The Allogeneic Stem-Cell Transplant Chat

Posted on December 14th, 2009 by Cam.
Categories: Let's talk.

Today I had a meeting with the head of Haematology at Royal Perth Hospital, Dr Julian.  Dr Brad sent me to him to talk more about the likelihood of another stem-cell transplant as a way of putting me into remission.  The transplant we talked about was one that would involve someone else’s stem cells.  Both Rachel and Carmel have been tested and they are not a match, so the donor would be unrelated (Matched Unrelated Donor – MUD).

I have met with Dr Julian before, and after 40 minutes of him telling me how risky the process was, I decided I would not go ahead with it.  Today really didn’t change things.

Carms came with me as one who would provide an objective ear and medical background.  I went as one who has a subjective predisposition and medically battered.  We both left feeling the same.  In the past, I have been wary that I may be refusing medical treatment based on my emotions on any given day.  There comes a time also when the mind gets tired of treatment before the body does, and my mind has been there too many times.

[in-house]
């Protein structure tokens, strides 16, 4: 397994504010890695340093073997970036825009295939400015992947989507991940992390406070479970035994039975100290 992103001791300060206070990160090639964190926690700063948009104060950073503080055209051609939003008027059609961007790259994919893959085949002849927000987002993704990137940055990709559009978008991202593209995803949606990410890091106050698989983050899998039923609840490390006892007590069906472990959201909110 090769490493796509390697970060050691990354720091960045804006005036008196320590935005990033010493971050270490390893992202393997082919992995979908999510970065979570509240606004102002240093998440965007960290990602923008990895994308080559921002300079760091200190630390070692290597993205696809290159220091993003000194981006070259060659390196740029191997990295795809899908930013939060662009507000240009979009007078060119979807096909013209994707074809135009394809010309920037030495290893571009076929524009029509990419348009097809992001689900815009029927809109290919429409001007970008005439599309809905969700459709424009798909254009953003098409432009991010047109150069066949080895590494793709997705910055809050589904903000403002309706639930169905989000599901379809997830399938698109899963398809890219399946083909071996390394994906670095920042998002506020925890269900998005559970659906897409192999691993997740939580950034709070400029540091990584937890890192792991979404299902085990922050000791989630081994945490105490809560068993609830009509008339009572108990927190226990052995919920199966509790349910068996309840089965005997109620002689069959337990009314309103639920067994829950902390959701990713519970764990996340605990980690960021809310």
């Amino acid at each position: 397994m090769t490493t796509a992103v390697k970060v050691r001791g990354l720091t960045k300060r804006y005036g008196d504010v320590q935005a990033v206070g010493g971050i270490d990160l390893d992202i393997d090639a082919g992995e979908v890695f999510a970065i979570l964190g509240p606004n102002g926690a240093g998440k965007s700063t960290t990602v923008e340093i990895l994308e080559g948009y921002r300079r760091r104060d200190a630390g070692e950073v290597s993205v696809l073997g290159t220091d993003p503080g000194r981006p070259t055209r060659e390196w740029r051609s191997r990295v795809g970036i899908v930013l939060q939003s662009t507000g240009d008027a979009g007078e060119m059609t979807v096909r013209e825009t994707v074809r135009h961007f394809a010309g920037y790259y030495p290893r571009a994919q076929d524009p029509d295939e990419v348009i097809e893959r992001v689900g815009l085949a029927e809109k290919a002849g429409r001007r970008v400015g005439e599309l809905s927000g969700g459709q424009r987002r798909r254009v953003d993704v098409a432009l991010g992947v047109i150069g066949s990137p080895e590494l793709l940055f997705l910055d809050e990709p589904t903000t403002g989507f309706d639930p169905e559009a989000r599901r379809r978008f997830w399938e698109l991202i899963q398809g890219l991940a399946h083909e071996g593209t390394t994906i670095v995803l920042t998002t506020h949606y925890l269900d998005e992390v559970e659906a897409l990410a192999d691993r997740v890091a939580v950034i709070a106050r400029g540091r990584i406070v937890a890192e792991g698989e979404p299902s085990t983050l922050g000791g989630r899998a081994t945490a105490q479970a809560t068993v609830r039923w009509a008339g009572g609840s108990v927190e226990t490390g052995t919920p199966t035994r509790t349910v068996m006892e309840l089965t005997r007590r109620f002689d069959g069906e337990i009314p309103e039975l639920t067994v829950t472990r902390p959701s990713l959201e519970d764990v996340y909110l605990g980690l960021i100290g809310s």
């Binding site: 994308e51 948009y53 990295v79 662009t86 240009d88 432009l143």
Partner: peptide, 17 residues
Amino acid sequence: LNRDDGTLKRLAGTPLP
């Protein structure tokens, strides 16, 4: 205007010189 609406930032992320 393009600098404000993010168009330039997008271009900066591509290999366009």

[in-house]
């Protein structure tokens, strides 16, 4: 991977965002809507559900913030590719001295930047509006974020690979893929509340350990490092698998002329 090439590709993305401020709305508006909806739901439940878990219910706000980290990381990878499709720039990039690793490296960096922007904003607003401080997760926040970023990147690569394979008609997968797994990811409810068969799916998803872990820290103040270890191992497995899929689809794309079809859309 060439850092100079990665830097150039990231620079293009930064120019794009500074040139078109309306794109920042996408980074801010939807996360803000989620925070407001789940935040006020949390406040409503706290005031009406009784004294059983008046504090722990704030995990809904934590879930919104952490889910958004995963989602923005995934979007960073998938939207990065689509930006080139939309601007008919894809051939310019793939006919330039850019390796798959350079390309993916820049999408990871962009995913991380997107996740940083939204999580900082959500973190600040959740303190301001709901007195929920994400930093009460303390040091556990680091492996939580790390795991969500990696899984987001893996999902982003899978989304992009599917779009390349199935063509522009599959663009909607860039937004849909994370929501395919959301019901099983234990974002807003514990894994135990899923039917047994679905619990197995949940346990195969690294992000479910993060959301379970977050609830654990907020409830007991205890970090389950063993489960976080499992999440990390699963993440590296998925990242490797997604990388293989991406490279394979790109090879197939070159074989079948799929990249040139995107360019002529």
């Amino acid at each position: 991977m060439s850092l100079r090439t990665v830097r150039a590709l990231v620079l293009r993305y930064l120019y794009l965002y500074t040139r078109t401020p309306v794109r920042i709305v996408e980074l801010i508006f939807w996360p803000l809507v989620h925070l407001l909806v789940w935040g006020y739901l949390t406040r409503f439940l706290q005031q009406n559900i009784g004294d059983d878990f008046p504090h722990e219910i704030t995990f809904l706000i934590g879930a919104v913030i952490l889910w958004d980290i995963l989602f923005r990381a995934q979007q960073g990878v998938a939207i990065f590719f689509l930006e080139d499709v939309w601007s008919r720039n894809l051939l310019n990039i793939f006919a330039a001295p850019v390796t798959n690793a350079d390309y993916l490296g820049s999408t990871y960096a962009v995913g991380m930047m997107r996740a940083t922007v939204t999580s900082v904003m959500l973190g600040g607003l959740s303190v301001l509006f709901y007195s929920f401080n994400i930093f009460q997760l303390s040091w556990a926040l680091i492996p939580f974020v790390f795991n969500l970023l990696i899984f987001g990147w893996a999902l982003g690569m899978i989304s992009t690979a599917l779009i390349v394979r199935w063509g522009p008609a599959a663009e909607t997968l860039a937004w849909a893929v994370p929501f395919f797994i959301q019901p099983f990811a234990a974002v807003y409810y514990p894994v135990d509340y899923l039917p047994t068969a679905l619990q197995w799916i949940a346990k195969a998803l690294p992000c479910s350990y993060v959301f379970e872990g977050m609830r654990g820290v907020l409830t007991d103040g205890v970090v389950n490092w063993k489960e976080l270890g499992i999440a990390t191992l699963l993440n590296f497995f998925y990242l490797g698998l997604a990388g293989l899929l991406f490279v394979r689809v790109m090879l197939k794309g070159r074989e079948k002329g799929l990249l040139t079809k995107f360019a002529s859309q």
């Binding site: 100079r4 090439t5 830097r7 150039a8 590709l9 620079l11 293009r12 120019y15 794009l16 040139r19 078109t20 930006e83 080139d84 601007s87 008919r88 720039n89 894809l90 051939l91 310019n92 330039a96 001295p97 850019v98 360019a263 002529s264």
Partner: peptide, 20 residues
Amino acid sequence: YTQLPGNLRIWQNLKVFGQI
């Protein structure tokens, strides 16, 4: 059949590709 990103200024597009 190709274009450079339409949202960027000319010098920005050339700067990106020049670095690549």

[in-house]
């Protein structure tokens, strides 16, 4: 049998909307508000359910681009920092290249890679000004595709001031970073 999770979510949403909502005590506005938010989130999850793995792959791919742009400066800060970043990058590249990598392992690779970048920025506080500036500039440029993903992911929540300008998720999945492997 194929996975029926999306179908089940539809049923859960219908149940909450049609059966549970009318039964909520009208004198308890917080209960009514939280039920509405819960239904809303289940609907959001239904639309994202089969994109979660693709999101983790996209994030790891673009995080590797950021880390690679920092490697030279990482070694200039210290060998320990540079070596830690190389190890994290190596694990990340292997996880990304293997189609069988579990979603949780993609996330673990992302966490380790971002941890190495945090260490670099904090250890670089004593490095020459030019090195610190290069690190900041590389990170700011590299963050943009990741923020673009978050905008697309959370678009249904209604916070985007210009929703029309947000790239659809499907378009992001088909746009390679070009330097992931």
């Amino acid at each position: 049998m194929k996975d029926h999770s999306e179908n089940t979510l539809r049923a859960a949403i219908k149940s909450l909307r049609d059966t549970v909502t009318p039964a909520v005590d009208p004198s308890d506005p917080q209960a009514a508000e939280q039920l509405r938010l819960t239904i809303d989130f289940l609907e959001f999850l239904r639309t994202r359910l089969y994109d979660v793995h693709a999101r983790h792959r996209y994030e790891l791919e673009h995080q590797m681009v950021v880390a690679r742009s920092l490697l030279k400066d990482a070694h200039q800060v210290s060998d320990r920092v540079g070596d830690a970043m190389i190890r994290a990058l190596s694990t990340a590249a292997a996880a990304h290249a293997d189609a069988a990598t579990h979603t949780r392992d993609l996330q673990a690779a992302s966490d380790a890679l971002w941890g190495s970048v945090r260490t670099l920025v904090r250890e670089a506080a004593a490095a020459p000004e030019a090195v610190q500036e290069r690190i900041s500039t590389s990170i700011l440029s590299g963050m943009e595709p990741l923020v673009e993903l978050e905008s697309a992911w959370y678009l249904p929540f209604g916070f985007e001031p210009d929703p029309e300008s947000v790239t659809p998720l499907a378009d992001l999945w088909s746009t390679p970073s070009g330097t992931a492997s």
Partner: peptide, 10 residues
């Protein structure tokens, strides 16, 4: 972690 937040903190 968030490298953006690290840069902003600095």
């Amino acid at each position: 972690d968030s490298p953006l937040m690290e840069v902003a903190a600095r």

In saying this, I am not discounting the possibility that a stem cell transplant from someone else may not be on the cards in the future, but I would have to be completely on my last legs and sporting a ‘whatever!’ attitude.

The risk is that the new stem cells would essentially give me someone else’s immune system.  This is a good thing in regards to fighting off the myeloma cells, but it could also attack my own body (Graft Versus Host Disease GVHD).  This often results in poor quality of life and risky complications.

On the positive side, there may be other drug options that are available when this Velcade becomes less effective or available.  I left feeling fine about the options given, apart from none of the options involving cure.  I have not even contemplated the possibility that someone may come up with a cure for this one during my lifetime.

I scratched myself today and started to bleed.  It was the first time I looked at my blood with contempt and thought, “This is all your fault”.

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